Originally written for Motherboard by Alex Pasternack.
Werner Herzog only has half an hour. He’s busy with many projects, including a new art installation, and he receives many requests. But he’s also keenly attentive to the value of each moment, to the brief glimpse into someone else’s mind and soul that each encounter affords. These are the kind of things you think about when making a documentary film, especially when the person you are interviewing only has exactly eight days to live.
So Herzog wastes no time. He immediately tells Michael Perry, the death row inmate at the center of his new film “Into the Abyss” that he’s aware of the terrible decisions and circumstances that landed him there, but that “doesn’t necessarily mean that I have to like you.” And for all of Perry’s amiability, it is hard to like him. It’s clear that while Herzog doesn’t begrudge the grim way of life he finds in Texas, he doesn’t approve of the state taking the life of its citizens. But unlike some other death row tales, there is little to redeem or explain these crimes or these punishments. There are no simple answers, no uncovering of injustice, no silver lining. The situation is so grim that when Herzog and his editor began to examine the footage he had made during a whirlwind shoot, they both took up smoking again.
Amidst the chaos and depravity that he exposes in the Texas town of Conroe – just next door to a hamlet aptly called Cut and Shoot – the only comfort the filmmaker can offer comes in the form of these brief, unvarnished encounters with the people who are trying to cope with the difficulty of living and of dying. Because many of these encounters lasted less than an hour, and because there would be no follow-up visits, Herzog excavates the feelings of the people he meets by dispensing with emotion, speaking candidly, asking the questions that aren’t obvious but that get right to the point. “You have to read the person correctly,” he says. “You have to understand, how do you force his chest open and look at his heart.”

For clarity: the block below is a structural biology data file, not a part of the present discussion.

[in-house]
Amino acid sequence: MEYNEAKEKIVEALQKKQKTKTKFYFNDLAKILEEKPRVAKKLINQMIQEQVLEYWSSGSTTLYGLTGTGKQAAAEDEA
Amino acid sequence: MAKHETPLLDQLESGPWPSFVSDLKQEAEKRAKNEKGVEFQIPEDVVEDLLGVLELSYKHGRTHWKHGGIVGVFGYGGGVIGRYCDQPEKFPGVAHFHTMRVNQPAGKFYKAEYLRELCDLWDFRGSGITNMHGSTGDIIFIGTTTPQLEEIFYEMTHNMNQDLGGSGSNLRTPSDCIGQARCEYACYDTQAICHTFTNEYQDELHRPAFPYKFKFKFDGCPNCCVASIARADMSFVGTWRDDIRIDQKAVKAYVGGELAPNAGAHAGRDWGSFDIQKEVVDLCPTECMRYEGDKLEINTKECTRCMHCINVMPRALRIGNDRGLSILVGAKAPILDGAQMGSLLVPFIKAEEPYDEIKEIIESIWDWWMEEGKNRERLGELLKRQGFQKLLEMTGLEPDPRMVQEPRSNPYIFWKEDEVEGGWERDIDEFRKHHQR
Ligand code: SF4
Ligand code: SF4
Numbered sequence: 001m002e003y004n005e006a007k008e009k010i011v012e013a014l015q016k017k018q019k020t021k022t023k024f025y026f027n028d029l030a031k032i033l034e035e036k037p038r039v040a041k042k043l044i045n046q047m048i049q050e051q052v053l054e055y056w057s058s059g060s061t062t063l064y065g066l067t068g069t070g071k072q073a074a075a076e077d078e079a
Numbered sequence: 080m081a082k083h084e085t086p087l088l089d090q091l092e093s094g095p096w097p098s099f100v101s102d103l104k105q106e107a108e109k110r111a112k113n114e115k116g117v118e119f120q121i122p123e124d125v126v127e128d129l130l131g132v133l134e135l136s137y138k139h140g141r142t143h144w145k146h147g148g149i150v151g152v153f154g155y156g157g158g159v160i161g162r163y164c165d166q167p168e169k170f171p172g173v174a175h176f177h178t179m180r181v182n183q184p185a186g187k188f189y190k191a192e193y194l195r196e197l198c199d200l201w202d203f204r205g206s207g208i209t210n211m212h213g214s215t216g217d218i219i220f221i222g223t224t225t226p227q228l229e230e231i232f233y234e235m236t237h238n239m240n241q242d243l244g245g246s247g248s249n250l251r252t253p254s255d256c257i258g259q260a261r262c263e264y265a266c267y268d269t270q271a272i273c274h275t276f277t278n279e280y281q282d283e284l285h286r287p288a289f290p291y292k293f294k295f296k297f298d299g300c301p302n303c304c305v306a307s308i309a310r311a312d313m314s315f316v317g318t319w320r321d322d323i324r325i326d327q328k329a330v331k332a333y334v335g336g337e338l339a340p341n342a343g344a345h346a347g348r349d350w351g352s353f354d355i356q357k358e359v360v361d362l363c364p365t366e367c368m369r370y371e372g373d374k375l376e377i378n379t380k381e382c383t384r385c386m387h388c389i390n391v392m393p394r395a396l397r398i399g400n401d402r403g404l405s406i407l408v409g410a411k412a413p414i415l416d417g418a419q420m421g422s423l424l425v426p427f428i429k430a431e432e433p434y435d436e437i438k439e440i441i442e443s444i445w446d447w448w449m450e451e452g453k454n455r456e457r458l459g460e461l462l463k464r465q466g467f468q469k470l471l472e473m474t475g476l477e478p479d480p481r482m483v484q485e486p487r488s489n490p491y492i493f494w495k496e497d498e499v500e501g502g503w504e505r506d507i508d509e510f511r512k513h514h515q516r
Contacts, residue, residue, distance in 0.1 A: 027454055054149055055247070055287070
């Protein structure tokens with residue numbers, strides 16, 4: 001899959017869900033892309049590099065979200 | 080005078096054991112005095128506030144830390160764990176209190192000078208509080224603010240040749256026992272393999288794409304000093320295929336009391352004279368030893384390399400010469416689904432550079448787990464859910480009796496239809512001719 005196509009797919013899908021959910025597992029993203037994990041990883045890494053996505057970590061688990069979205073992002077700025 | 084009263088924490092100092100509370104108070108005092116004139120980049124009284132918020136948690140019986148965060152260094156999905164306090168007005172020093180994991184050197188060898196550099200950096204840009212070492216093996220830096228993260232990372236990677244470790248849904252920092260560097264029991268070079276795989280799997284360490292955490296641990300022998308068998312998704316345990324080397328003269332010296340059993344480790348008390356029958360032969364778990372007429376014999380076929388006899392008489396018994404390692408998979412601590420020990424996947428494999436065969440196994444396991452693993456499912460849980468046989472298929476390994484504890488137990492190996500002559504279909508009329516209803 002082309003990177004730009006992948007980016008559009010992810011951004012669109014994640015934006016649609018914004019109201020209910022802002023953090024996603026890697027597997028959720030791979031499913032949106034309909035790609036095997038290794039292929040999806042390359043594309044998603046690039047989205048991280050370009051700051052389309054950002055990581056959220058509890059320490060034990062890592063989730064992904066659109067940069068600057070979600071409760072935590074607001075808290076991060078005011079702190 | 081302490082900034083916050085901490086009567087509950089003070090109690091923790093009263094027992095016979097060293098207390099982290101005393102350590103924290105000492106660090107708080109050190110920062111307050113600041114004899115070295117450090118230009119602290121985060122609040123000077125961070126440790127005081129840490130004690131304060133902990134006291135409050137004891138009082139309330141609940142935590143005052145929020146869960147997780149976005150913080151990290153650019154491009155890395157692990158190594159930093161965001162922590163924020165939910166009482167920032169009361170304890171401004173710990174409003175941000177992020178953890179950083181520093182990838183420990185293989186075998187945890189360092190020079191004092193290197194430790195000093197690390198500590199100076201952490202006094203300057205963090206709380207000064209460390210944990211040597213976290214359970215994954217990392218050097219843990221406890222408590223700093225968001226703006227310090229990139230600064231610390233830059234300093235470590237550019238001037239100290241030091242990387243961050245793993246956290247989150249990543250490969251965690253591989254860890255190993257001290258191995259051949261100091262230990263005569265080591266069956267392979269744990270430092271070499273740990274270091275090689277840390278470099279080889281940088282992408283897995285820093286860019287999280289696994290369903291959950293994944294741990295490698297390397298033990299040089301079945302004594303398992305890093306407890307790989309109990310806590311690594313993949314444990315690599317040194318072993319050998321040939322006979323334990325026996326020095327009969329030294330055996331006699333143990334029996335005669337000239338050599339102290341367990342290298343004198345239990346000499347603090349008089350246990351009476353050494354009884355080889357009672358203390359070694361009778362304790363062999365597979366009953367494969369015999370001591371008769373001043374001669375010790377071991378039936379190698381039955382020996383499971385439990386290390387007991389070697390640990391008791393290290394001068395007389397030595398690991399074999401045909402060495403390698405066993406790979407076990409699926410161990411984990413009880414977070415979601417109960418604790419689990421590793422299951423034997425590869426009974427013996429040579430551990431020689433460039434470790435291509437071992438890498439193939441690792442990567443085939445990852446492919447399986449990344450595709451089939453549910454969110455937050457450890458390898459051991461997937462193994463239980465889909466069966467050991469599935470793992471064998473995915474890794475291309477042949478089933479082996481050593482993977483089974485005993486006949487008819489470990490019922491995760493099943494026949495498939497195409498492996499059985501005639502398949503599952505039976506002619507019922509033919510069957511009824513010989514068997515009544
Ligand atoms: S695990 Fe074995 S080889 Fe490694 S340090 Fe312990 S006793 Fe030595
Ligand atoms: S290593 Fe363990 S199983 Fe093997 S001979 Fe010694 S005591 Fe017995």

When he speaks to the chaplain in charge of administering last rites to death row inmates, a scene that starts the film, Herzog elicits little more than platitudes about the task, about God, and the sanctity of life. But then the director’s voice drops from behind his handheld camera a simple suggestion: “Tell me about an encounter with a squirrel.” It’s droll and strange in that Herzog way, but the question hits him, says Herzog “like lighting.”
In these moments, Herzog’s other asset is his electric voice. His hypnotic accent is as famous to lovers of art films as David Attenborough’s baritone is to lovers of nature films, which is partly why it has become such fertile ground for parody (and self-parody). But by hovering between the two poles of that voice – the intimacy of a philosopher and the distance of a foreign anthropologist – Herzog finds some of the redemption that our strange circumstances often hide. It’s a voice that, inadvertently or not, allows for a bit of light to slip in, a hint of empathy, a smile, a hug, even when time is running out and things look hellishly dark.